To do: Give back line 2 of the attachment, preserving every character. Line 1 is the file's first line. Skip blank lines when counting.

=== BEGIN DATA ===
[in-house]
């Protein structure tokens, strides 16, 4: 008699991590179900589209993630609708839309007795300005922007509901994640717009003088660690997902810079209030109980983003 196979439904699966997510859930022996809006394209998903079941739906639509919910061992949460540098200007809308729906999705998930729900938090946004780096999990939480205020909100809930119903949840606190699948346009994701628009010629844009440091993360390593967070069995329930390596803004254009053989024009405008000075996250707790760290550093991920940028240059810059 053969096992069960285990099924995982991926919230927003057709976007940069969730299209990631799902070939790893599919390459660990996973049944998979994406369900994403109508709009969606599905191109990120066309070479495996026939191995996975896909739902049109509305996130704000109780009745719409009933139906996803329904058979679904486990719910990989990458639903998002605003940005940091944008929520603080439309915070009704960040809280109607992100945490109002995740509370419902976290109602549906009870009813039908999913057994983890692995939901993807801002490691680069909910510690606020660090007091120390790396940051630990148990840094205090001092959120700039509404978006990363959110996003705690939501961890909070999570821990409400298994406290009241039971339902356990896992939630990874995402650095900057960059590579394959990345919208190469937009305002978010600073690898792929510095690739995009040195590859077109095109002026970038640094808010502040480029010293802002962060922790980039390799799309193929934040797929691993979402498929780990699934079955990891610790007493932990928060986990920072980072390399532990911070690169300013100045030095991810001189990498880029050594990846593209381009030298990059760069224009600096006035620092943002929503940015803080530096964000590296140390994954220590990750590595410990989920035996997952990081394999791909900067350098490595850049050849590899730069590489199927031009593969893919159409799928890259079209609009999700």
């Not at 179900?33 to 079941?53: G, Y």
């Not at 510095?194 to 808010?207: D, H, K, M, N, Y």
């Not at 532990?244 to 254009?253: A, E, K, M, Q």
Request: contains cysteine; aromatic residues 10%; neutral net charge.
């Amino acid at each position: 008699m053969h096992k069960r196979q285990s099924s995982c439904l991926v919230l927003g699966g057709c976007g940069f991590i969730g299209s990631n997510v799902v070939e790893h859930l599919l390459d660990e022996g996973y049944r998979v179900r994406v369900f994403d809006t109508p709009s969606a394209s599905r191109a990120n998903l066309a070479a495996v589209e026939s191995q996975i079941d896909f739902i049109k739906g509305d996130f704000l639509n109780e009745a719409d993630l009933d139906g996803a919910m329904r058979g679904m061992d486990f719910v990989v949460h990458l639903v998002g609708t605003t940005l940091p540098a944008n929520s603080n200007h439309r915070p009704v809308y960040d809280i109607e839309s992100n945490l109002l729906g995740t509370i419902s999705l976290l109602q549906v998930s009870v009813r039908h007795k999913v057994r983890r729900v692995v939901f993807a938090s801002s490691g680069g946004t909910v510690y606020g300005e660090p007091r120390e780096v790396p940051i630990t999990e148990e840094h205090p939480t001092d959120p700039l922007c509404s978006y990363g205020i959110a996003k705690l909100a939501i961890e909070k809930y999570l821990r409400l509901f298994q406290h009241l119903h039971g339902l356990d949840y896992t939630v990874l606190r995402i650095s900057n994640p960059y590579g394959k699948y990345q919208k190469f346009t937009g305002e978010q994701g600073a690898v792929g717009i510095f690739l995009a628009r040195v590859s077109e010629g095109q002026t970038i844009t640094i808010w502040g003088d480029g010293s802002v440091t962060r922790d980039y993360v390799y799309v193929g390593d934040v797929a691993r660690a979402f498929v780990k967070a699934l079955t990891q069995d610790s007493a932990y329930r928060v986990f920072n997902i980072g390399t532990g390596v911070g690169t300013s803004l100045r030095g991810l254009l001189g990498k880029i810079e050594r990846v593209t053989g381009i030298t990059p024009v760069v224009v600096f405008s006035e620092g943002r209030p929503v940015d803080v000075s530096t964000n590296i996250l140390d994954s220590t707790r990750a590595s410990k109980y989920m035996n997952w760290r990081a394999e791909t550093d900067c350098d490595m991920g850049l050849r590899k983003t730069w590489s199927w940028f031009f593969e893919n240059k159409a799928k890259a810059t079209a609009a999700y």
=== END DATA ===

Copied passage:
């Protein structure tokens, strides 16, 4: 008699991590179900589209993630609708839309007795300005922007509901994640717009003088660690997902810079209030109980983003 196979439904699966997510859930022996809006394209998903079941739906639509919910061992949460540098200007809308729906999705998930729900938090946004780096999990939480205020909100809930119903949840606190699948346009994701628009010629844009440091993360390593967070069995329930390596803004254009053989024009405008000075996250707790760290550093991920940028240059810059 053969096992069960285990099924995982991926919230927003057709976007940069969730299209990631799902070939790893599919390459660990996973049944998979994406369900994403109508709009969606599905191109990120066309070479495996026939191995996975896909739902049109509305996130704000109780009745719409009933139906996803329904058979679904486990719910990989990458639903998002605003940005940091944008929520603080439309915070009704960040809280109607992100945490109002995740509370419902976290109602549906009870009813039908999913057994983890692995939901993807801002490691680069909910510690606020660090007091120390790396940051630990148990840094205090001092959120700039509404978006990363959110996003705690939501961890909070999570821990409400298994406290009241039971339902356990896992939630990874995402650095900057960059590579394959990345919208190469937009305002978010600073690898792929510095690739995009040195590859077109095109002026970038640094808010502040480029010293802002962060922790980039390799799309193929934040797929691993979402498929780990699934079955990891610790007493932990928060986990920072980072390399532990911070690169300013100045030095991810001189990498880029050594990846593209381009030298990059760069224009600096006035620092943002929503940015803080530096964000590296140390994954220590990750590595410990989920035996997952990081394999791909900067350098490595850049050849590899730069590489199927031009593969893919159409799928890259079209609009999700």